We arrived at the basilica to find a street fair going on. Men and women dressed in period costumes, playing ancient instruments, flutes, drums, percussion. Others were dressed in a kind of military regalia with capes, hats, ribbons with large metal medallions. I got a good look at one of the medalions a genlteman was wearing. It was the heraldic emblem of a local vineyard. In a short time I figured out what was going on. I had not been told that I was invited to the feast of St. Vincent Martyr, patron of winegrowers, in Provence. (It really isn't my fault - or my intention - that much of this whole blog seems to be about food. Celebrating food and wine is simply everywhere around here. It is totally unavoidable.)
Anyway, here are a few pictures of the events of the morning.
|Mgr. Dominique Rey, Bishop of Frejus-Toulon, the former pastor of the Basilica St-Maximin to the right, the Current pastor to the left, and your's truly in the wings.|
|After Mass, the Guild is on the stage for speeches, giving awards to exceptional vineyards, and the naming of the new Guild members selected for that year. |
|Some of the tables for the "degustation".|
|Bishop Rey and his driver, Matias Zulueta (wearing the bishop's hat.)|
As Bishop Rey was working the crowds, he passed off his hat to Matias and walked away. Now Matias was faced with a dilema, use one of his hands to hold the hat, which of course would make tasting that much more difficult, or put on the hat and continue the feasting. Smart young man he that is, he chose the latter. A while later when the bishop saw Matias wearing the hat, he burst into laughter (He is one of the happiest bishops I know) and insisted on this picture. I was happy to oblige.
We returned to the bishop's residence via the seminary to give me a little tour. I was told we would return tomorrow to give me the opportunity to meet some of the seminarians. A nice dinner at the bishop's house and a comfortable night.
The following morning, we celebrated Mass in the chapel of the residence, the bishop, his secretary - Pere Jose, Dominique - a friend from Paris, Matias, another young man I did not get to meet, the bishop's house staff - an Italian husband and wife team - he cooks, she is the housekeeper, and me. The following picture is remarkable.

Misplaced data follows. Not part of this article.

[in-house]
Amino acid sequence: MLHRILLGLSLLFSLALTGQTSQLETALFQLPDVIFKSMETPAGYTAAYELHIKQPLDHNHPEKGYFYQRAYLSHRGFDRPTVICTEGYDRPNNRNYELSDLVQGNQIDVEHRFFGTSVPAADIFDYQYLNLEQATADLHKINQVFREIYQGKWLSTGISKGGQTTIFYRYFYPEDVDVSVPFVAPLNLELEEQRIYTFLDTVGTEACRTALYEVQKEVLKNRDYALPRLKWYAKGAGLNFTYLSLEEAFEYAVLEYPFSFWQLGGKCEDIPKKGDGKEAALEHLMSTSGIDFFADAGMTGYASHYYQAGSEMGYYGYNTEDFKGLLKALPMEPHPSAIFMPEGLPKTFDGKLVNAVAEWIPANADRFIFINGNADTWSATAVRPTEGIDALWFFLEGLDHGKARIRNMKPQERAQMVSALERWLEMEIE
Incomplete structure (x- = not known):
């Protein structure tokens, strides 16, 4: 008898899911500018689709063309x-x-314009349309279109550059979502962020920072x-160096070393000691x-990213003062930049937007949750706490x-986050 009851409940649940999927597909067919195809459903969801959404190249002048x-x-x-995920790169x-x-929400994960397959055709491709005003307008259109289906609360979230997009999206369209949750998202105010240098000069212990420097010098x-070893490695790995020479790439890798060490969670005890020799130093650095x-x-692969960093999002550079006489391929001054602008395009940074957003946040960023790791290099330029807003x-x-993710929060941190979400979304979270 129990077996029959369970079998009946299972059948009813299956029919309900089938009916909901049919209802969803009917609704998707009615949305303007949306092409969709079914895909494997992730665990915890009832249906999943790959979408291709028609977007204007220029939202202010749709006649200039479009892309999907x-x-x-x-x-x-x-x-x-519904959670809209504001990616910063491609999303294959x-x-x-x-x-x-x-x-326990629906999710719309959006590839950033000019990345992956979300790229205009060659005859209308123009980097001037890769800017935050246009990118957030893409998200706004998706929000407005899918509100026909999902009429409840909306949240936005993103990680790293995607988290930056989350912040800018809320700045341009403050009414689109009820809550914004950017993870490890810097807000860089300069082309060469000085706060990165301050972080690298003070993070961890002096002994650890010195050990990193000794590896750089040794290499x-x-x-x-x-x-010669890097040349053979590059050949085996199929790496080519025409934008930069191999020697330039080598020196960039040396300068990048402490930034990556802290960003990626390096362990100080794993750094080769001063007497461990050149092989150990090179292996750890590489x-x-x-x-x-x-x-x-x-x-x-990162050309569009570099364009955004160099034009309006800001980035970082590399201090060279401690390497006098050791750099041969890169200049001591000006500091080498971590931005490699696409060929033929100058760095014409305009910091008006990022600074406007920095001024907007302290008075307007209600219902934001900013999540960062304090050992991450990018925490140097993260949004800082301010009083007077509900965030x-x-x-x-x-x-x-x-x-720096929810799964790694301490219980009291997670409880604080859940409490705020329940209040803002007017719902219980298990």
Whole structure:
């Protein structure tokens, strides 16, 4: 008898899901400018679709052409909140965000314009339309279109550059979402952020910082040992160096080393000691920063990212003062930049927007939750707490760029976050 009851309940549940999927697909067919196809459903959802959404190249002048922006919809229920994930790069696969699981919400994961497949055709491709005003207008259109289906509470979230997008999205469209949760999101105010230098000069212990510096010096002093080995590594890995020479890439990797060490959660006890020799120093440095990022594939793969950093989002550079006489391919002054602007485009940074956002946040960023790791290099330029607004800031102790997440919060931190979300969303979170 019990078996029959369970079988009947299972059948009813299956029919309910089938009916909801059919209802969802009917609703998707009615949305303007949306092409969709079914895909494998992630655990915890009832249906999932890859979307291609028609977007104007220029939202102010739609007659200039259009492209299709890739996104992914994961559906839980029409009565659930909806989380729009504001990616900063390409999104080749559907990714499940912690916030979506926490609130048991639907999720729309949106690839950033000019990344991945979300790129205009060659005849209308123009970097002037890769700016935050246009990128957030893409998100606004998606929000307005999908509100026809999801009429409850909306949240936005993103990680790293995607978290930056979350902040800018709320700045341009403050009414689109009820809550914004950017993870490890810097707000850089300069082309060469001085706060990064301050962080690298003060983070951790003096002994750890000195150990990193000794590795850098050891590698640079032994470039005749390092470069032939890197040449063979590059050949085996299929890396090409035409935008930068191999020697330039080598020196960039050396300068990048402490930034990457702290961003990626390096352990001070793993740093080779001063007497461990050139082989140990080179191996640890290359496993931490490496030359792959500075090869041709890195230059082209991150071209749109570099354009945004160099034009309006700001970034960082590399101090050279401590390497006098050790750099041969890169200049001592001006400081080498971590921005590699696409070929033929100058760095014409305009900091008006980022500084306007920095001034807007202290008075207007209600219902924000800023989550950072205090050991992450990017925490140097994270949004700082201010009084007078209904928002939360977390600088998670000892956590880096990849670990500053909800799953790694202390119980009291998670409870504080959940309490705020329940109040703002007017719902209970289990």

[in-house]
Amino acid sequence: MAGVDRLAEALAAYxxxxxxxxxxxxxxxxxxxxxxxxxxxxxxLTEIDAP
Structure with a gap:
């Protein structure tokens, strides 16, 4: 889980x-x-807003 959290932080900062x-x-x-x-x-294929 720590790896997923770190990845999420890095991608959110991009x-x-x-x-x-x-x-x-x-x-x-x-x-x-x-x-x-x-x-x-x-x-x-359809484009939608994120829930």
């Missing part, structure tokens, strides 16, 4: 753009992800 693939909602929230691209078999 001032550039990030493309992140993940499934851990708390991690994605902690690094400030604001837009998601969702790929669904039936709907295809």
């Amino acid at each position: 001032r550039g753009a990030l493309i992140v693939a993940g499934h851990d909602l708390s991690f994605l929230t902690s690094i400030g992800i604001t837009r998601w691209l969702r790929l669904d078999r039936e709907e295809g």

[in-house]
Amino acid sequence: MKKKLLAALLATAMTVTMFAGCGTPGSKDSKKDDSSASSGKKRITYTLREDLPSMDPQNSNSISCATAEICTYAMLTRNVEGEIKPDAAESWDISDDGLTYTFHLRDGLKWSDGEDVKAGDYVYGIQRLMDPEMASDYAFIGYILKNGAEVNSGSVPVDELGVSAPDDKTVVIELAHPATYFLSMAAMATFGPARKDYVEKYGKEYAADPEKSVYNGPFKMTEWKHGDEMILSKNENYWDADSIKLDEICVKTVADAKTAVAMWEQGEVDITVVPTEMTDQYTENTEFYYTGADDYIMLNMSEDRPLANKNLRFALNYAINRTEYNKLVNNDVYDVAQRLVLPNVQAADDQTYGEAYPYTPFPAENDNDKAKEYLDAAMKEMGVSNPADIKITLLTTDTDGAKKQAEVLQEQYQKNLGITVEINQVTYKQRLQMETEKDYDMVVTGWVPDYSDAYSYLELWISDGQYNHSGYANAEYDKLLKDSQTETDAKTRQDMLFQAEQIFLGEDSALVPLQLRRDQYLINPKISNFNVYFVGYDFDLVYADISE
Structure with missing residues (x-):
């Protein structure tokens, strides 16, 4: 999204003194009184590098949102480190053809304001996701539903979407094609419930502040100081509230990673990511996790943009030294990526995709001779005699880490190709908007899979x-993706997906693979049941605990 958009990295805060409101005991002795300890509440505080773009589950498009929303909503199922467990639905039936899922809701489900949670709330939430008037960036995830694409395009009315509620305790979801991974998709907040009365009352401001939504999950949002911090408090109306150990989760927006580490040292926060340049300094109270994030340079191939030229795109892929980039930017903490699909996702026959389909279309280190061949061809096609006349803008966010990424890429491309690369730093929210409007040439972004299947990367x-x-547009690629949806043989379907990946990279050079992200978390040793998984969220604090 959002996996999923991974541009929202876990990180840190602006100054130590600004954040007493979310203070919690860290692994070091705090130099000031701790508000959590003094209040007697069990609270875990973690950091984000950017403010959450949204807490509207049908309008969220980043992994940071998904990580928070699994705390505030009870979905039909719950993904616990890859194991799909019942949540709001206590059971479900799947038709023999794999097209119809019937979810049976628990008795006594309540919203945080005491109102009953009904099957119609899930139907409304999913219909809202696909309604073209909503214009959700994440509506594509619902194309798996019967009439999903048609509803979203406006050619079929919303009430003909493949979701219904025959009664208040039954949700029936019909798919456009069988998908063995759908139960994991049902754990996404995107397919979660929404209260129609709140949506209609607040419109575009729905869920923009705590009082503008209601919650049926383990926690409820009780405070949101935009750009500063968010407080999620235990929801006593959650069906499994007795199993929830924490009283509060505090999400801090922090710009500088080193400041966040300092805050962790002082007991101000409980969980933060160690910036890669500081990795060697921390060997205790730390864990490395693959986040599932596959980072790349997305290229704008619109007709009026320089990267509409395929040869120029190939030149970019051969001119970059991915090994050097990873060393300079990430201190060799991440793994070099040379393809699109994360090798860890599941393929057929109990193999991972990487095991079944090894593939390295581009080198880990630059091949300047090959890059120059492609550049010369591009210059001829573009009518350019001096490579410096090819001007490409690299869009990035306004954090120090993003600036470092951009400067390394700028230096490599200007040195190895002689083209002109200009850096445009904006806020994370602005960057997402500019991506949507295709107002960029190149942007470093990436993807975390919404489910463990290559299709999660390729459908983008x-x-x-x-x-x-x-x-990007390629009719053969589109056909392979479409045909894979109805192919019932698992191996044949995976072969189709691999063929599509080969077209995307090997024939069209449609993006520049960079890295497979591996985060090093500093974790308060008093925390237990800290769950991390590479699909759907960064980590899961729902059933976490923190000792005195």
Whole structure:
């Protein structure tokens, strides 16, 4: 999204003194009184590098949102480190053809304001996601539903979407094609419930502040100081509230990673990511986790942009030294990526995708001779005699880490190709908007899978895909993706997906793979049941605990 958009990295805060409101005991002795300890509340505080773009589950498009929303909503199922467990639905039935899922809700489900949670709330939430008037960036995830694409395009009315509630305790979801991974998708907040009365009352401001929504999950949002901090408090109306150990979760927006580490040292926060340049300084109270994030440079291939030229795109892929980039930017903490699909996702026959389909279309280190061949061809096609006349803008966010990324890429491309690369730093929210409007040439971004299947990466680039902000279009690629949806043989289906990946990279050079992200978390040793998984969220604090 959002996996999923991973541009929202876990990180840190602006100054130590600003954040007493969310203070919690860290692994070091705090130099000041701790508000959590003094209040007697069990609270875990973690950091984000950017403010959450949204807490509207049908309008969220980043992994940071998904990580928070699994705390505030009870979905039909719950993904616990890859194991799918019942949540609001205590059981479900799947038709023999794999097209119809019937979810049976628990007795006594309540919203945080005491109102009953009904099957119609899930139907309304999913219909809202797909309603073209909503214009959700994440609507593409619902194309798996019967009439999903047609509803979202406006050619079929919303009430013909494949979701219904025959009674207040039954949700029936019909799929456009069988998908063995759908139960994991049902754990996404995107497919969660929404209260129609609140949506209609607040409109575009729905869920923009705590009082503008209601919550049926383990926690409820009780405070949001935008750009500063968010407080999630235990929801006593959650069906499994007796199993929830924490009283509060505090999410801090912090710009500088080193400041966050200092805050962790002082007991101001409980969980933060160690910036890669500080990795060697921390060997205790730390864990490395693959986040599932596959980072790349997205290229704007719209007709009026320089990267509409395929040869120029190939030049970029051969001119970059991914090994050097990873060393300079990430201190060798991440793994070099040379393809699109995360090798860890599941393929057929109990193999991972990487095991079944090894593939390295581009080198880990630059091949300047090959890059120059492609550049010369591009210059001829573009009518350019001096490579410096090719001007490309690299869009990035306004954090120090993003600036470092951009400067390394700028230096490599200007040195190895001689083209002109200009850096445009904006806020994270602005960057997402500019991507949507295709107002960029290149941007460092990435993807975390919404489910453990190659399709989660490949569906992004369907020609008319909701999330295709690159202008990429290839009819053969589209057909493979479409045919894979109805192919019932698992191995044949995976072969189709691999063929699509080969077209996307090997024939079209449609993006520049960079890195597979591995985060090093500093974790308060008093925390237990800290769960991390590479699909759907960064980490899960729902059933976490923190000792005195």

|This stole is a relic. It is the stole worn by St. John Vianney, the Cure of Ars - an amazing gift to the Diocese. It is placed in front of the altar in the chapel of Bishop Rey's residence.|
After Mass, I was taken to the seminary by Fathers Sean and David, two Irish priests incardinated into this diocese. They belong to an order of priests whose apostolate is to promote Eucharistic Adoration. We arrived at the seminary - you guessed it - in time for lunch. Mgr. Rey has drawn young men from all over the world to study here. I met of course French, and Italians, SriLankan, Chinese, Vietnamese. On Mondays, they seat themselves for the noon meal by linguistic groups. When I was introduced as a priest from the USA, some of the seminarians came over immediately and invited me to sit with them at the "English" table. They were 3 French and 2 SriLankan. They had all spent time in England for summers, or a pastoral year, so they were quite fluent. Nevertheless, they were glad for the chance to practice. I spoke more English today than I have in the past two weeks. It was a great time. Fun conversation. The rest of the refectory was heading for desert and we were still on the first course. In the middle of the main course, the rector stood up for the blessing after meals. The rector allowed us to remain a bit longer. After lunch the men go for a walk through the seminary grounds. It's a beautiful place. I'll explain more after the next picture.
|Left to right, Matthieu, Charles, and Luc|
Luc, Charles, and Matthieu
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|Gathered with seminarians in front of the original chateau of "the Castille"|